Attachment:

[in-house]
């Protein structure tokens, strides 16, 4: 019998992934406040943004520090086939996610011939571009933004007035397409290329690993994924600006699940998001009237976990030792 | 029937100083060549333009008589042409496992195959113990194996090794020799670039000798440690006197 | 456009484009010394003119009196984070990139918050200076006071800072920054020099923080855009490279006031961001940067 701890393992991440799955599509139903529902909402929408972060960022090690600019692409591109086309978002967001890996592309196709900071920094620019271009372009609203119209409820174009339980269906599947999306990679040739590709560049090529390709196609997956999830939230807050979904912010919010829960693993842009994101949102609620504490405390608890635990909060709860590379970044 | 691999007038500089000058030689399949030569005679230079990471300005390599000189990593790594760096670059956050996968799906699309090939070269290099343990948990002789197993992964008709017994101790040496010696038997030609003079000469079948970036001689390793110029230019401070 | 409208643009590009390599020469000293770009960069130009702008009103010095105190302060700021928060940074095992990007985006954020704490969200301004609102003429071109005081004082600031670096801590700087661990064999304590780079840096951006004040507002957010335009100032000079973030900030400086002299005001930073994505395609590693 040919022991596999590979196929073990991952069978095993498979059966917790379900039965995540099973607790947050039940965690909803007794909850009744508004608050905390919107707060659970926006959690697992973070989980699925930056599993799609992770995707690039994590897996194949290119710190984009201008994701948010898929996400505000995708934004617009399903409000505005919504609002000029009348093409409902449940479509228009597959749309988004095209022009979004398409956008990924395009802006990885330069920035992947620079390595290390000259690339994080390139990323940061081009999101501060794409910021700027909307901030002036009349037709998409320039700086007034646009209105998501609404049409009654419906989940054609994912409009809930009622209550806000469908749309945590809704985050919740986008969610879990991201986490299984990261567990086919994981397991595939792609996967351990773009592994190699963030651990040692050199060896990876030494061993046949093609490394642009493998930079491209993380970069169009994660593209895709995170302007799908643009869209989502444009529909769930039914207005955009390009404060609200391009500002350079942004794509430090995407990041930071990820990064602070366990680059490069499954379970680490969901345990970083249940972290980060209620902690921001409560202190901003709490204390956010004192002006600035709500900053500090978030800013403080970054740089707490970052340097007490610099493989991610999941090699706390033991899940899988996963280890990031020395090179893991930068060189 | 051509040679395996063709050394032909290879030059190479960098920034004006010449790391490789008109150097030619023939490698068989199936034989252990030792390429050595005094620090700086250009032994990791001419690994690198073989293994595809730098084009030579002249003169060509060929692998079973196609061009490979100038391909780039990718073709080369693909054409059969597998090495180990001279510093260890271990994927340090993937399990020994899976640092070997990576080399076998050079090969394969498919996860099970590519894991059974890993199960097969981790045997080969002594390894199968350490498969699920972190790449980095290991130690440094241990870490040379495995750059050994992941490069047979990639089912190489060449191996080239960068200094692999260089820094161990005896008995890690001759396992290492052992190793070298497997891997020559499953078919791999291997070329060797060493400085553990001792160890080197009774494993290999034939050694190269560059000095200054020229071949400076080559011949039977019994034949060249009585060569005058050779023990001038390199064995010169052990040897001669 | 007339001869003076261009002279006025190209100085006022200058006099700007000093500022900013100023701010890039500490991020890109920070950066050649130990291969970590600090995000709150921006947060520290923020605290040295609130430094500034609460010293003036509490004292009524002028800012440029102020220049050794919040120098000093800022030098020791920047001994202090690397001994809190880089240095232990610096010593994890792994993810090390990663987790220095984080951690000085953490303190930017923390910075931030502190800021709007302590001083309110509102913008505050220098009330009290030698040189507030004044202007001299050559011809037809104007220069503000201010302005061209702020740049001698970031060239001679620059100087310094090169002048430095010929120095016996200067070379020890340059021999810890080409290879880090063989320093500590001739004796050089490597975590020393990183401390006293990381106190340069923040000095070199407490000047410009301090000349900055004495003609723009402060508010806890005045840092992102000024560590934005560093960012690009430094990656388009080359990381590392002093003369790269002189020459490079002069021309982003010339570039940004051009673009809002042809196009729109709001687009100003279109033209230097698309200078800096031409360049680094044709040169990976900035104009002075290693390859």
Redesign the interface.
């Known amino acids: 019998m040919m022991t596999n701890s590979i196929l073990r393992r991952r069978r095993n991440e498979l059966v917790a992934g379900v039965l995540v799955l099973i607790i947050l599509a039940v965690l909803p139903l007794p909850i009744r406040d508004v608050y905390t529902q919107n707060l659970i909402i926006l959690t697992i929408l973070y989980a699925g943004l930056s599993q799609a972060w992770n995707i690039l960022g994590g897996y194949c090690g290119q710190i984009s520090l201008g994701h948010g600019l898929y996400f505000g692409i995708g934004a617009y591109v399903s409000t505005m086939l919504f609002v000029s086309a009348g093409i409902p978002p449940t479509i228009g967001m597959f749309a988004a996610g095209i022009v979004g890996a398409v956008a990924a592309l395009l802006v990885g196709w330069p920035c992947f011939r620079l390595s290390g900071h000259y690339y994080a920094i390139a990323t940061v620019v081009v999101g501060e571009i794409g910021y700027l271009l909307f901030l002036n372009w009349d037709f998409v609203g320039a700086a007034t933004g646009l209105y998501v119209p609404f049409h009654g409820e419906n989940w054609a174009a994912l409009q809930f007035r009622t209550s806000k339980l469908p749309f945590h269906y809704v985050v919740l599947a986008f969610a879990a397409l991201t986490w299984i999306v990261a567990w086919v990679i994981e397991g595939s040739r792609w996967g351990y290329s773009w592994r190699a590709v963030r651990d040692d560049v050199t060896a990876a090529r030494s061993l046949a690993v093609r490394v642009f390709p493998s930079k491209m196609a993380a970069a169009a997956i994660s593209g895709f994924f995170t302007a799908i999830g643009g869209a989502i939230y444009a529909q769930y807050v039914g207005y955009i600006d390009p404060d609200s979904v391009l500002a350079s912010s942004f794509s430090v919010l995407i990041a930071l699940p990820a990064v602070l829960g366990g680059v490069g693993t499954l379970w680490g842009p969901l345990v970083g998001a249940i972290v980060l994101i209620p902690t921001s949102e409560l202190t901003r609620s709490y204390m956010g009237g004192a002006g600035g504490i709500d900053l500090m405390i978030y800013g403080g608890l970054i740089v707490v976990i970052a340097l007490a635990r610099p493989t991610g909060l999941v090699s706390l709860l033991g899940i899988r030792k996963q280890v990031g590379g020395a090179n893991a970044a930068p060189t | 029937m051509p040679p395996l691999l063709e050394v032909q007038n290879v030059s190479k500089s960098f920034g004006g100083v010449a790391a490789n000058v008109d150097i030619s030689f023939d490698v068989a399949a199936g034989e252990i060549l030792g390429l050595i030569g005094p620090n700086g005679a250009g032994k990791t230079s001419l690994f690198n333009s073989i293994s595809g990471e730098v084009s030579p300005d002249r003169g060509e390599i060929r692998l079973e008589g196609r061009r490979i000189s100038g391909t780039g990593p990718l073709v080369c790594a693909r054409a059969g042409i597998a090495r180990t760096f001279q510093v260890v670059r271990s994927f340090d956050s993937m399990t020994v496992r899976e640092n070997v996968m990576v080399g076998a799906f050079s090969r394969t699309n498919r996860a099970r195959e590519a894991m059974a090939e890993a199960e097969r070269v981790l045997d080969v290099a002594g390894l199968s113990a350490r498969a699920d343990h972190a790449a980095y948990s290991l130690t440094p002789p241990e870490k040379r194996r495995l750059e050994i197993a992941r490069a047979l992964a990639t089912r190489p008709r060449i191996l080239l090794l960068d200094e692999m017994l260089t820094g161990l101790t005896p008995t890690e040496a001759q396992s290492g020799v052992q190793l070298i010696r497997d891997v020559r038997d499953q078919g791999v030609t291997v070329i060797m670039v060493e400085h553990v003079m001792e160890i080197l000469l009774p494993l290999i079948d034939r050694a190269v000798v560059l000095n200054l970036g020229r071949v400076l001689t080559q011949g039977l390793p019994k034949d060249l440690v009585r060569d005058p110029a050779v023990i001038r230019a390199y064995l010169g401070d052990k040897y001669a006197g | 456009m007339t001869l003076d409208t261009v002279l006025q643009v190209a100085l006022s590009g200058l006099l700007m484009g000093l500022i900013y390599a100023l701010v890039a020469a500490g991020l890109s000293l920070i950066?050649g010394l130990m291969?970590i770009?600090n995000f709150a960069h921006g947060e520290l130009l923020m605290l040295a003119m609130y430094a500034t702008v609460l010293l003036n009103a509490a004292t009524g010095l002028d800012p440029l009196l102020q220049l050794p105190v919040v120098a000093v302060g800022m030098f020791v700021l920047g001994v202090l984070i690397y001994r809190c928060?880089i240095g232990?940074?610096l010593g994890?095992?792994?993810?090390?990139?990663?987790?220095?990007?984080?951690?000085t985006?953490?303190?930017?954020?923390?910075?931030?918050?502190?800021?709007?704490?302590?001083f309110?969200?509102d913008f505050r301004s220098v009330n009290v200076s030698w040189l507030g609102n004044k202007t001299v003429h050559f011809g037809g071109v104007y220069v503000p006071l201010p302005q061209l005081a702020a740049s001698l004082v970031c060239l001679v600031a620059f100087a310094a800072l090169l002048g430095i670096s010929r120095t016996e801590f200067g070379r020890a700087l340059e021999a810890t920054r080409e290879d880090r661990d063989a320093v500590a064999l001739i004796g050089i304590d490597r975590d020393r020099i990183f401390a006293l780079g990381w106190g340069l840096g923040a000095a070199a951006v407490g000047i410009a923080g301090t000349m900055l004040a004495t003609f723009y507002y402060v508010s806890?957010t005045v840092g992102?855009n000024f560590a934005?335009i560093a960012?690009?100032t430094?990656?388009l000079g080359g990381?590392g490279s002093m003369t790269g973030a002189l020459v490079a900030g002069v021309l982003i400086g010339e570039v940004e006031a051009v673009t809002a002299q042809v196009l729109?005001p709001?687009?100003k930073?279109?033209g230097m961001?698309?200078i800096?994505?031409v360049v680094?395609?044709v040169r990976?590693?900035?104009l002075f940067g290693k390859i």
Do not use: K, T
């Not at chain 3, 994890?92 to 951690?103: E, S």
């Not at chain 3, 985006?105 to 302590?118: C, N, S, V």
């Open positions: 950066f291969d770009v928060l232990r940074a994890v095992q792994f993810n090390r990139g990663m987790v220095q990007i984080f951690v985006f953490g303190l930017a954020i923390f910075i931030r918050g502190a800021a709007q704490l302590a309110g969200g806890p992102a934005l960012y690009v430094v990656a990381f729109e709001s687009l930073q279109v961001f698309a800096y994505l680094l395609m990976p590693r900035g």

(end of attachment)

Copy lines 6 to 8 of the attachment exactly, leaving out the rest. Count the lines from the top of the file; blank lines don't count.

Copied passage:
């Not at chain 3, 994890?92 to 951690?103: E, S």
């Not at chain 3, 985006?105 to 302590?118: C, N, S, V």
């Open positions: 950066f291969d770009v928060l232990r940074a994890v095992q792994f993810n090390r990139g990663m987790v220095q990007i984080f951690v985006f953490g303190l930017a954020i923390f910075i931030r918050g502190a800021a709007q704490l302590a309110g969200g806890p992102a934005l960012y690009v430094v990656a990381f729109e709001s687009l930073q279109v961001f698309a800096y994505l680094l395609m990976p590693r900035g």